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Building telegraph networks

Tonbridge railway telegraph office, 1855

The railway telegraph system is built (1840s) : growing with the railways

The success of the electric telegraph on the Great Western Railway encouraged other railway companies to take up the idea. The new system soon paid for itself in cost savings as C.V. Walker, telegraph superintendent of the South Eastern Railway, explained in 1850:

'The cost of maintaining and working a single pilot engine (all of which have been superseded by the telegraph) amounted to a greater sum than is now required to defray the expense of the entire staff of telegraph clerks and the mechanics and labourers employed in cleaning and repairing the instruments and maintaining the integrity of the lone wires.'

A year later (the year of the Great Exhibition) the chief engineer of the London & North Western Railway company wrote that the telegraph had proved its worth by extending the capacity of the railway 'in an incalculable degree'.

From now on there was no stopping the spread of the telegraph on railways.

It was the railway companies who formed the first customers for the new technology of the telegraph. But even they needed some persuasion.

Cooke and Wheatstone's original interest came from Robert Stephenson's London and Birmingham Railway, but following trials it went cold on the idea of introducing telegraph onto its network. It took almost two more years before the Great Western decided to fund a trial telegraph from Paddington to West Drayton. But when Cooke and Wheatstone suggested extending the line to Slough, the GWR seemed to lose interest. As a result Cooke offered to run the line - even though he was almost bankrupt.

Although the telegraph was useful to the railways, it wasn't long before they developed their own dedicated systems for signalling and controlling the trains. This left the message telegraph to be mainly used for administration and passenger services.

Lines alonside a canal - from 'The Post Office 1934

Competing for wayleaves : the right to erect a pole

The first telegraph wires were laid underground but the standard practice soon became to hang them from insulators on telegraph poles. Erecting a pole route needed a continuous strip of land between the points to be linked and none of the telegraph companies owned land of this kind - nor did they want to.

Instead they made agreements with other landowners and obtained rights (normally exclusive) to erect poles. These agreements were known as 'wayleaves'. The early telegraph lines had followed the railway tracks and the Electric & International Telegraph Company made good use of these routes. Its chief rival, the British & Irish Magnetic Telegraph Company, had no such facilities and instead was forced to use canal towpaths. Poles could also be erected alongside public highways or on private land but this called for extensive and lengthy negotiations with a multitude of authorities and landowners.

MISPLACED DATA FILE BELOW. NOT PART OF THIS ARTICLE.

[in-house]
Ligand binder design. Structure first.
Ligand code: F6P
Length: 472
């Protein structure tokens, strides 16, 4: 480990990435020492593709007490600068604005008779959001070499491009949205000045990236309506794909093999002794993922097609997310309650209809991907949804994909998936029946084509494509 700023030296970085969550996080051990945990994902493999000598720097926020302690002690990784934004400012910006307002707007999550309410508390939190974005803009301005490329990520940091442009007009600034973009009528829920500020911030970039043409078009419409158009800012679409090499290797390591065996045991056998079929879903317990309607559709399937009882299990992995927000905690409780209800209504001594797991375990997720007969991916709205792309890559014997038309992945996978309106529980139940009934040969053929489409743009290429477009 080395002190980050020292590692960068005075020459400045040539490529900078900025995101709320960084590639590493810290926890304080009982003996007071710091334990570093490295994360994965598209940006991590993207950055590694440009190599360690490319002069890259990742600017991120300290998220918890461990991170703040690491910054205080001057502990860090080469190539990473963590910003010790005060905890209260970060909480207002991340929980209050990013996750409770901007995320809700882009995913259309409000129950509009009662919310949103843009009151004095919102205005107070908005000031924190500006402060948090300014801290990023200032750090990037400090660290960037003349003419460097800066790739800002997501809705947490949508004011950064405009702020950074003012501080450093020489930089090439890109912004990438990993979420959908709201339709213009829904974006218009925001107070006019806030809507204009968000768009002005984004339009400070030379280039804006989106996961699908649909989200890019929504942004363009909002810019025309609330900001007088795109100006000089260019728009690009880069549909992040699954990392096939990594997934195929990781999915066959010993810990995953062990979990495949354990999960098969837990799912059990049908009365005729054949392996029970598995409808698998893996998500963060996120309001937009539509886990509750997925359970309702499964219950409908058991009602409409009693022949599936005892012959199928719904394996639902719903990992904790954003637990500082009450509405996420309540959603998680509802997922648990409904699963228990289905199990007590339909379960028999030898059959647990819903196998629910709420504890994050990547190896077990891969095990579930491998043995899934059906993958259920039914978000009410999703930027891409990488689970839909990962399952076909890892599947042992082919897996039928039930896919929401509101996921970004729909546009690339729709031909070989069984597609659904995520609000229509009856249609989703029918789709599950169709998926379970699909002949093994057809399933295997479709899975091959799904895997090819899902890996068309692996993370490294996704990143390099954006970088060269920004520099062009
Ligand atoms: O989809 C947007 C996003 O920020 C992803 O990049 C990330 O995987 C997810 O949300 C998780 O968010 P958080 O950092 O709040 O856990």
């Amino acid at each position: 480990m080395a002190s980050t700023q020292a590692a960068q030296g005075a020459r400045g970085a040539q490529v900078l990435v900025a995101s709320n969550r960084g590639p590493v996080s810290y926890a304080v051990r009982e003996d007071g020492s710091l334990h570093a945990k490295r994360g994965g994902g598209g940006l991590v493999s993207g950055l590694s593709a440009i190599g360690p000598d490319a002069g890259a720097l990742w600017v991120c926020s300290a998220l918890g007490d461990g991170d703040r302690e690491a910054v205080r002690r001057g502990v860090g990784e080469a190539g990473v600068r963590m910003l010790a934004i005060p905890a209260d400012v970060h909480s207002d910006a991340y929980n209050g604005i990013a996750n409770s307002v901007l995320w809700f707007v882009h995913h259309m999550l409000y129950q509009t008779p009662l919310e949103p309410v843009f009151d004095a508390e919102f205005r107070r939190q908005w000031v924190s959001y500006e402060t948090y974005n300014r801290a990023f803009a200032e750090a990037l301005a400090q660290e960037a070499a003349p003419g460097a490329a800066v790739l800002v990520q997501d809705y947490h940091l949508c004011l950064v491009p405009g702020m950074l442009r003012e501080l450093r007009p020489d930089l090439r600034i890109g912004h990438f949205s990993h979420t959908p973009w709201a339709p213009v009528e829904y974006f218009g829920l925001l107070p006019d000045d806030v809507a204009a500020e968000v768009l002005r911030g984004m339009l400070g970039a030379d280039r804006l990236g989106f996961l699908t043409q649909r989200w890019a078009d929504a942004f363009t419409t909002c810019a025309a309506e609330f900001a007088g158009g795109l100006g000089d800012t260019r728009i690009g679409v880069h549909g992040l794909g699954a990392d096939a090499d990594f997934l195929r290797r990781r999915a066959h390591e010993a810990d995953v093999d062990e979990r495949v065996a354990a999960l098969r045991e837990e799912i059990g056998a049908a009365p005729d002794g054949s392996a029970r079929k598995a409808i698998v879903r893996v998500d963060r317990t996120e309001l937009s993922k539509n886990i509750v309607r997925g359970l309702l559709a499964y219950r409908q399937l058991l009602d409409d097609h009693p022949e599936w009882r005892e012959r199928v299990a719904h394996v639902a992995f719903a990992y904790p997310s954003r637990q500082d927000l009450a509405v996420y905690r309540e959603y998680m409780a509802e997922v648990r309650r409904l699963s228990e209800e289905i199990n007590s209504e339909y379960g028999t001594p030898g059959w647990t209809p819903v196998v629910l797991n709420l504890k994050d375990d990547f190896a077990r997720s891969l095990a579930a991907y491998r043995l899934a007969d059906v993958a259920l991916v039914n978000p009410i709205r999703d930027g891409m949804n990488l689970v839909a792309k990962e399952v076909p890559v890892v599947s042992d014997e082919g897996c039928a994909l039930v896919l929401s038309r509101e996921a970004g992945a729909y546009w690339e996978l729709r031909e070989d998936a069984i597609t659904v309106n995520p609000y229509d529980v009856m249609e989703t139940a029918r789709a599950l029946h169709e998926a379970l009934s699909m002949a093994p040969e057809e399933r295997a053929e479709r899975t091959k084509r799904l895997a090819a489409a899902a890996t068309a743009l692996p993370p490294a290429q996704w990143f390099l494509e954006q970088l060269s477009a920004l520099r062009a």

The early telegraph network developed mostly along the railway lines.

At first, it was the contracts with the railway companies that kept the telegraph companies going. The Electric Telegraph Company, the first of these companies, soon developed so many agreements with the railways that its rivals were forced to use the roads and canals for their routes.

In the cities the companies needed to be ingenious. Some wires were buried underground but this was expensive. In 1858, telegraph entrepreneurs hit on the idea of paying homeowners for 'wayleaves' and then running his wires over the top of their roofs.

By the following year, Charles Dickens reported there were already 160 miles of telegraph wire running over the rooftops of London.

The Central Telegraph Station soon outgrew its Lothbury premises, and moved to these larger premises in Telegraph Street

The first commercial public telegraph (1840) : a message from Queen Victoria

The growth of Britain's telegraphic network was extremely rapid, matching the growth of railways in the 1840s. The first commercial public telegraph line ran between London and Gosport, near Portsmouth. It opened in February 1845 with a transmission of a speech by Queen Victoria. Within ten years, most of the main cities of Britain were connected by telegraph.

In 1846 William Cooke joined a new partner, the member of Parliament John Lewis Ricardo, to set up the Electric Telegraph Company.

Within three years, the ETC had opened the world's first central telegraph station in the City of London. This was to become world famous as the Central Telegraph Office. The same year, 1849, the ETC gained a rival, the British Electric Telegraph Company. A new era of commercial competition had opened in the field of telecommunications.

Telegraph prices poster

The network grows (1848) : an explosion of possibilities

By the end of 1848, about ten years after the first telegraph demonstration, the telegraph lines covered over 1,800 miles of Britain's infant railway network - about half the rail lines in service.

Within 25 years, Britain was connected to 650,000 miles of telegraph wire and 30,000 miles of submarine cable. More than 20,000 towns and villages were part of the UK network.

In 1848 it took around ten weeks to send a message from London to Bombay and get a reply. By 1874 it could be done in four minutes.

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Can you beat our games? Explode equipment to see what's inside, hear the changing sounds of telecommunications, see how telecommunications designs have changed over time or send an e-postacard.

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